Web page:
Some trace the roots of Murga in Uruguay to between 1906 and 1910. At that time an acting company from Cadiz, Spain came to Montevideo, Uruguay's capital.
Their performance was so unsuccessful that they ended up acting on the streets in an effort to raise money to pay their production debt and get back home.
The following year a group of Uruguayan actors made a parody about the plight of the Spanish acting company, which became the first Uruguayan Murga.
While murga exists in Spain and Argentina, it has developed into a unique music form in Uruguay. It is performed at the Ramón Collazo Theater, known as Teatro de Verano (summer theater) and other outdoor venues during Uruguay’s Carnival celebration in Montevideo.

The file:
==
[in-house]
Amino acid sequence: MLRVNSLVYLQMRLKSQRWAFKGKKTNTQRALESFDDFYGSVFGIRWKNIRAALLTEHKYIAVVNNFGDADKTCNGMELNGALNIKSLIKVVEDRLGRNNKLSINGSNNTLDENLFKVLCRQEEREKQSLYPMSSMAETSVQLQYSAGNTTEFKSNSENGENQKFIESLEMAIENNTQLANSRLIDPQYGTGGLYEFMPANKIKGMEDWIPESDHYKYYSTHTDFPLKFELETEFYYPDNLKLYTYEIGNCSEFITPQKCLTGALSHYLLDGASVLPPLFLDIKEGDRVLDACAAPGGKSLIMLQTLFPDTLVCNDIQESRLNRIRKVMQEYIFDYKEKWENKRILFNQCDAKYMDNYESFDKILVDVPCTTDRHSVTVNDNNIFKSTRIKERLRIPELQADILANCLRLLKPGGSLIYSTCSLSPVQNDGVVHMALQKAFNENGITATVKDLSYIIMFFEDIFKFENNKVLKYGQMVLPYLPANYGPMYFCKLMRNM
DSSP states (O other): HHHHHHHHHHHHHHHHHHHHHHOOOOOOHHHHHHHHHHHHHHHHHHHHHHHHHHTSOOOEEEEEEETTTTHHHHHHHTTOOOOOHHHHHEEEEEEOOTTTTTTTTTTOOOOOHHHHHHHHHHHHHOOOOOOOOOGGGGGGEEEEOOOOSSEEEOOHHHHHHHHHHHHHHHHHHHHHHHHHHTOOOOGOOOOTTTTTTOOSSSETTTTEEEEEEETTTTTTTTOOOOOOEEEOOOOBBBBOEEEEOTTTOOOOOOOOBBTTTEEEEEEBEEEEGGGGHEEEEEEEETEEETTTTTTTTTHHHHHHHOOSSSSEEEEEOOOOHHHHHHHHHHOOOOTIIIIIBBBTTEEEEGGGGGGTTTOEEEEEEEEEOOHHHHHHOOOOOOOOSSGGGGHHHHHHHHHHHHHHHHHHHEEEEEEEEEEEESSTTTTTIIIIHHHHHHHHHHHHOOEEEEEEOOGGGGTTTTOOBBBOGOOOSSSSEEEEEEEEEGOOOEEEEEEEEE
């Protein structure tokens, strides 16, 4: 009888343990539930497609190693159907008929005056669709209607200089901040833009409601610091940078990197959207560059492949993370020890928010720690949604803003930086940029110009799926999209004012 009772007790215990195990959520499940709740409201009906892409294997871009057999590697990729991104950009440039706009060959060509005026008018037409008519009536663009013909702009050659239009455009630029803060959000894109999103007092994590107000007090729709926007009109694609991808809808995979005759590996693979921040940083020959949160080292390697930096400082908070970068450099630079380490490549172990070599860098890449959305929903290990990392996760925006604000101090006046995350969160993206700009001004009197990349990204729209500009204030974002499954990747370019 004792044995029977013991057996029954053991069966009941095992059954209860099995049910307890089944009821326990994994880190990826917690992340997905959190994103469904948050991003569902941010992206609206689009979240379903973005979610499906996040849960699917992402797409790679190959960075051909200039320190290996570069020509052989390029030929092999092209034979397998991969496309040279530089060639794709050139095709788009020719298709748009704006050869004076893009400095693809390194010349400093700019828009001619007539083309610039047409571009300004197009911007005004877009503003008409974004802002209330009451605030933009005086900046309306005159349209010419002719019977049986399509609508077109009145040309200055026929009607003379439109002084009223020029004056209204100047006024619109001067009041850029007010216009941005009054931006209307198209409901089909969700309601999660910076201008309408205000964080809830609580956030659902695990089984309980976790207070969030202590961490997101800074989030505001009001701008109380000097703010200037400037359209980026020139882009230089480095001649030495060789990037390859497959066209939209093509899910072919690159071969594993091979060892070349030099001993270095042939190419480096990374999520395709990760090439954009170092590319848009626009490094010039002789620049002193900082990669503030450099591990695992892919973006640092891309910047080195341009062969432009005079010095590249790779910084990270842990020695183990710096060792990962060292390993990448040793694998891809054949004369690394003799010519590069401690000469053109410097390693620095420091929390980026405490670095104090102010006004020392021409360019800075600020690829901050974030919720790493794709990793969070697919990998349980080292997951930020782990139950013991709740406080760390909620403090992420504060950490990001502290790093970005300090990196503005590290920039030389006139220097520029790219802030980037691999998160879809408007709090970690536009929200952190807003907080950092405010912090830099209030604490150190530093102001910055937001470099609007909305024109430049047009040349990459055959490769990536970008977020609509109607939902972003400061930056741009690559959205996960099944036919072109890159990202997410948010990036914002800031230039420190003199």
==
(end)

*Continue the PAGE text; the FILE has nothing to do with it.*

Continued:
It is comprised of a chorus with mostly percussion accompaniment. The lyrics are often a comic satire of events that occurred the preceding year.
The players wear masquerade-style costumes and while the singing is structured. Murga in Uruguay is a music form sung in a deliberately flattish tone. (Perhaps a trait from the original parody?)